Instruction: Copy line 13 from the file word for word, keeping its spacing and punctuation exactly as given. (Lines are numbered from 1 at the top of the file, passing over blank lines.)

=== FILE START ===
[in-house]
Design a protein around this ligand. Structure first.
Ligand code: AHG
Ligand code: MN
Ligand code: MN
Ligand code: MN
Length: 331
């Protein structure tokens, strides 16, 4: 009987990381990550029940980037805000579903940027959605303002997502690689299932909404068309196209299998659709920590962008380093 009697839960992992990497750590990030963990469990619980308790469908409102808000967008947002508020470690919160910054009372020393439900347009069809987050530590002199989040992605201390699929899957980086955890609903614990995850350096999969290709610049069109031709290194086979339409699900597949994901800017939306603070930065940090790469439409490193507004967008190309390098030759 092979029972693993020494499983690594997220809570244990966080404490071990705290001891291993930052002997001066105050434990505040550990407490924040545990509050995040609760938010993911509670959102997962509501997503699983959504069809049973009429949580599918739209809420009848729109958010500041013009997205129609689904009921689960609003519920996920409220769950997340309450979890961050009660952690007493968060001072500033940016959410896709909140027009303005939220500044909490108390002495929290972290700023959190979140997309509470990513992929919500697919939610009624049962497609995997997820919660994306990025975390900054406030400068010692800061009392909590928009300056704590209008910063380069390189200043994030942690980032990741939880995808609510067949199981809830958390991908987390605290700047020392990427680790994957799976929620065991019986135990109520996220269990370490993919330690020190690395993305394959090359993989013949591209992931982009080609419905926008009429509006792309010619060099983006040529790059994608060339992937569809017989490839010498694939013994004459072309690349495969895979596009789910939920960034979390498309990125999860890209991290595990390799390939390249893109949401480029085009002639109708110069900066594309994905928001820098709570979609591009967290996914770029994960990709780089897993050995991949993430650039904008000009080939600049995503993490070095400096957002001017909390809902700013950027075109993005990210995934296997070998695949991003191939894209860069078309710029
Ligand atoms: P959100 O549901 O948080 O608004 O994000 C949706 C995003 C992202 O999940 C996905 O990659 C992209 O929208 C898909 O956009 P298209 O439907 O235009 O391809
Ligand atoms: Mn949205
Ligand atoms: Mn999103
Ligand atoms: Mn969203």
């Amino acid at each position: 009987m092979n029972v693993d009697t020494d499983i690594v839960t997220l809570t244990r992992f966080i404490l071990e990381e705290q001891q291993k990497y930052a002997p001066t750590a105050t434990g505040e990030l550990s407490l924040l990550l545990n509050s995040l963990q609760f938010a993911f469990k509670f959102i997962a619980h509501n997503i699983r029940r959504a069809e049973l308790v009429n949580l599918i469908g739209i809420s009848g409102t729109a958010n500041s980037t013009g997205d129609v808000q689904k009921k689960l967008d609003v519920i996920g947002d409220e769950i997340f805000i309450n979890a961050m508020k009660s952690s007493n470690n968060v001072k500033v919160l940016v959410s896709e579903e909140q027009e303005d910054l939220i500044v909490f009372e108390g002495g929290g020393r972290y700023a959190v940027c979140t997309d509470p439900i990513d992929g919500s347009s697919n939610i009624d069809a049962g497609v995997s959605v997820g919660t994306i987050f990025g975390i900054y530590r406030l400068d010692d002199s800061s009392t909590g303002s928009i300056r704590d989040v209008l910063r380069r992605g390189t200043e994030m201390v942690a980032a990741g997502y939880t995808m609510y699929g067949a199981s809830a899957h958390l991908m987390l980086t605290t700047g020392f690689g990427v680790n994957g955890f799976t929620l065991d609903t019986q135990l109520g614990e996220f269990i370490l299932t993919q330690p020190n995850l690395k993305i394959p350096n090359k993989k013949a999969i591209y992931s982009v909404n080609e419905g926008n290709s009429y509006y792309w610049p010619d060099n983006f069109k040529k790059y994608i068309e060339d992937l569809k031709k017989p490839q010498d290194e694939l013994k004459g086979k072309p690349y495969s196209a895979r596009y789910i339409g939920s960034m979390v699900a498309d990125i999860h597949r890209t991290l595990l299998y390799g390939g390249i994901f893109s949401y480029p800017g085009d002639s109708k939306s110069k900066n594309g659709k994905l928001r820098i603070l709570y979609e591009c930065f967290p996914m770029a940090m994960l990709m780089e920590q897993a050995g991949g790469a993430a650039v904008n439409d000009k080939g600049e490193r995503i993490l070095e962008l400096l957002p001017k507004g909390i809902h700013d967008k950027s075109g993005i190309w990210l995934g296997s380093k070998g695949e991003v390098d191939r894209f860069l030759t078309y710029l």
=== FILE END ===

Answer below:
């Amino acid at each position: 009987m092979n029972v693993d009697t020494d499983i690594v839960t997220l809570t244990r992992f966080i404490l071990e990381e705290q001891q291993k990497y930052a002997p001066t750590a105050t434990g505040e990030l550990s407490l924040l990550l545990n509050s995040l963990q609760f938010a993911f469990k509670f959102i997962a619980h509501n997503i699983r029940r959504a069809e049973l308790v009429n949580l599918i469908g739209i809420s009848g409102t729109a958010n500041s980037t013009g997205d129609v808000q689904k009921k689960l967008d609003v519920i996920g947002d409220e769950i997340f805000i309450n979890a961050m508020k009660s952690s007493n470690n968060v001072k500033v919160l940016v959410s896709e579903e909140q027009e303005d910054l939220i500044v909490f009372e108390g002495g929290g020393r972290y700023a959190v940027c979140t997309d509470p439900i990513d992929g919500s347009s697919n939610i009624d069809a049962g497609v995997s959605v997820g919660t994306i987050f990025g975390i900054y530590r406030l400068d010692d002199s800061s009392t909590g303002s928009i300056r704590d989040v209008l910063r380069r992605g390189t200043e994030m201390v942690a980032a990741g997502y939880t995808m609510y699929g067949a199981s809830a899957h958390l991908m987390l980086t605290t700047g020392f690689g990427v680790n994957g955890f799976t929620l065991d609903t019986q135990l109520g614990e996220f269990i370490l299932t993919q330690p020190n995850l690395k993305i394959p350096n090359k993989k013949a999969i591209y992931s982009v909404n080609e419905g926008n290709s009429y509006y792309w610049p010619d060099n983006f069109k040529k790059y994608i068309e060339d992937l569809k031709k017989p490839q010498d290194e694939l013994k004459g086979k072309p690349y495969s196209a895979r596009y789910i339409g939920s960034m979390v699900a498309d990125i999860h597949r890209t991290l595990l299998y390799g390939g390249i994901f893109s949401y480029p800017g085009d002639s109708k939306s110069k900066n594309g659709k994905l928001r820098i603070l709570y979609e591009c930065f967290p996914m770029a940090m994960l990709m780089e920590q897993a050995g991949g790469a993430a650039v904008n439409d000009k080939g600049e490193r995503i993490l070095e962008l400096l957002p001017k507004g909390i809902h700013d967008k950027s075109g993005i190309w990210l995934g296997s380093k070998g695949e991003v390098d191939r894209f860069l030759t078309y710029l």